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Updated 5:00 PM October 25, 2005




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Design approved for new Ross School building

The Board of Regents Oct. 21 approved the schematic design of a new building to house the Stephen M. Ross School of Business.
(Courtesy Kohn Pedersen Fox Associates)

The building will be tailor-made to support the Ross School's unique action-based learning curriculum and provide an environment that will nurture a cohesive community of faculty and students.

"Our new facility will help us maintain our high standing and create an optimal environment for our distinct, team-based learning that bridges theory and practice," Ross School Dean Robert J. Dolan said. "Classrooms, offices and other spaces will be arranged in a setting conducive to a great deal of collaboration inside the school. Technology designed into the building will foster interaction with firms and organizations around the world."

Dolan noted that more than 80 members of the business school community served on a community creation committee convened to share ideas about a building design that meets current and future needs of the school.

The 270,000-square-foot structure, designed by New York City architects Kohn Pedersen Fox Associates, will stand six stories tall at its L-shaped center and three stories high around its perimeter along Tappan and Hill streets. Its exterior will be constructed of terra cotta walls with a sandstone base. Glass walls at the top stories of the building will provide panoramic views of campus.

The facility will give the Ross School an architectural presence befitting its position as one of the nation's top business schools, Dolan said. The main entrance, which will be located at the corner of Tappan and Monroe streets, will provide a gateway to the business school campus in the form of a glassed-in "winter quad"—a bright, airy and highly visible community space containing an informal lounge, study areas and a café.

Classrooms and study areas—all equipped with integrated presentation technology and network access—will support interactive learning, team projects and discussions. U-shaped classrooms with tiered seating, flat-floor classrooms and group-study breakout areas will be grouped together to facilitate many styles of teaching and learning, and allow for a seamless transition from formal classwork to team interaction during a single class session.

Faculty offices will be large enough to facilitate meetings with students and will be clustered into suites of several offices to encourage natural mingling among colleagues. Other components consist of an auditorium, colloquium spaces and areas for outside visitors (recruiters, alumni and special guests) and a clustered one-stop shopping location for student services (admissions, financial aid, academic services and career development).

"This new facility will change the face of the Stephen M. Ross School of Business," President Mary Sue Coleman said. "More importantly, it will transform the climate of teaching and research for our students and faculty. The vision of alumnus Stephen Ross and Dean Robert Dolan guarantees a spectacular future for business education at Michigan."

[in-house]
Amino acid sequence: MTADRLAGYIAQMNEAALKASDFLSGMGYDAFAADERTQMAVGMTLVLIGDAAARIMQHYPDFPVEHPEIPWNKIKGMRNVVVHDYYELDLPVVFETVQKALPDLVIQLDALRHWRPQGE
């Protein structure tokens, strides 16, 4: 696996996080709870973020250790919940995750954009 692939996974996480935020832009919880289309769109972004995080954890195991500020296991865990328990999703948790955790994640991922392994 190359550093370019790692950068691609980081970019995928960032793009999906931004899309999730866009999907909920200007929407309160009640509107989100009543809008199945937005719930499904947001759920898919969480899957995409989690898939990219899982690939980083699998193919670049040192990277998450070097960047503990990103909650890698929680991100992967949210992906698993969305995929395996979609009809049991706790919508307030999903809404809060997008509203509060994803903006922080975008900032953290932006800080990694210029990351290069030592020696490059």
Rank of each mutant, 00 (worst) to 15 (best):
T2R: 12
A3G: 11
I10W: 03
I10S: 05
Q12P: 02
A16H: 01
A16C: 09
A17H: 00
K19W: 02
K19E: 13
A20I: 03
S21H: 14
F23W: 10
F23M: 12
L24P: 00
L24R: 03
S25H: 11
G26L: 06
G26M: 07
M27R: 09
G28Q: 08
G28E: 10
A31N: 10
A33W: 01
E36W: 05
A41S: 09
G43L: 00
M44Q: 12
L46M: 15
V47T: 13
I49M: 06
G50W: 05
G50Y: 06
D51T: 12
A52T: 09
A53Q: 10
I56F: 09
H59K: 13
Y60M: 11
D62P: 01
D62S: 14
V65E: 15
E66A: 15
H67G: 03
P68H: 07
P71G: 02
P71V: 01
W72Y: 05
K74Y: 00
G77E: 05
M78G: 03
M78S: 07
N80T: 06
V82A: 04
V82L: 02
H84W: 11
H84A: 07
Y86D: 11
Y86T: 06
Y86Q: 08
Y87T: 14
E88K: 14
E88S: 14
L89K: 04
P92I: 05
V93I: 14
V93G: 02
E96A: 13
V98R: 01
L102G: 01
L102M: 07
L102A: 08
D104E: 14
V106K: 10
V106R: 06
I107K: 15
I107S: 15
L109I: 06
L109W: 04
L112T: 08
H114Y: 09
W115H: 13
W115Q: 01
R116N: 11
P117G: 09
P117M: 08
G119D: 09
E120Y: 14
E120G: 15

In order to make way for the new structure, Davidson Hall, Paton Accounting Center, Assembly Hall and an electrical switching station will be demolished. Demolition is expected to begin in spring 2006, with construction slated for fall 2006. The opening of the new building is scheduled for fall 2008.

It is estimated that the building will cost $145 million. A lead gift for the building was secured in September 2004 when real estate developer and alumnus Ross donated $100 million to the school. Seventy-five million dollars of the gift will be directed for costs associated with construction and $25 million will go into the business school's endowment. The remaining $70 million for the project will come from additional fundraising, business school funds and other private sources.

Upon announcing the Ross gift—the largest gift ever to a U.S. business school and the largest donation to U-M in its 188-year history—the school was renamed in his honor. A 1962 graduate of the Michigan business school, Ross is founder, chairman and CEO of The Related Companies, a fully integrated real estate firm headquartered in New York City.

Ross also co-chairs the University's $2.5-billion The Michigan Difference campaign and currently serves on Coleman's Advisory Group and the Director's Cabinet in the Department of Intercollegiate Athletics. He recently provided the $5 million lead gift for the new Stephen M. Ross Academic Center located on the athletic campus (see story on page 3) and previously gave $1 million to the business school for an endowed professorship; $50,000 to LSA for the Henry Pearce Endowed Scholarship; and scholarship support for student-athletes.

Kohn Pedersen Fox Associates has designed a variety of award-winning buildings around the world, including facilities for colleges (Wharton, Stanford, Oxford), corporate headquarters (Procter & Gamble, Nestle, Gannett), government offices (The World Bank), retail buildings (Bloomingdale's), museums, airports, hotels and hospitals.

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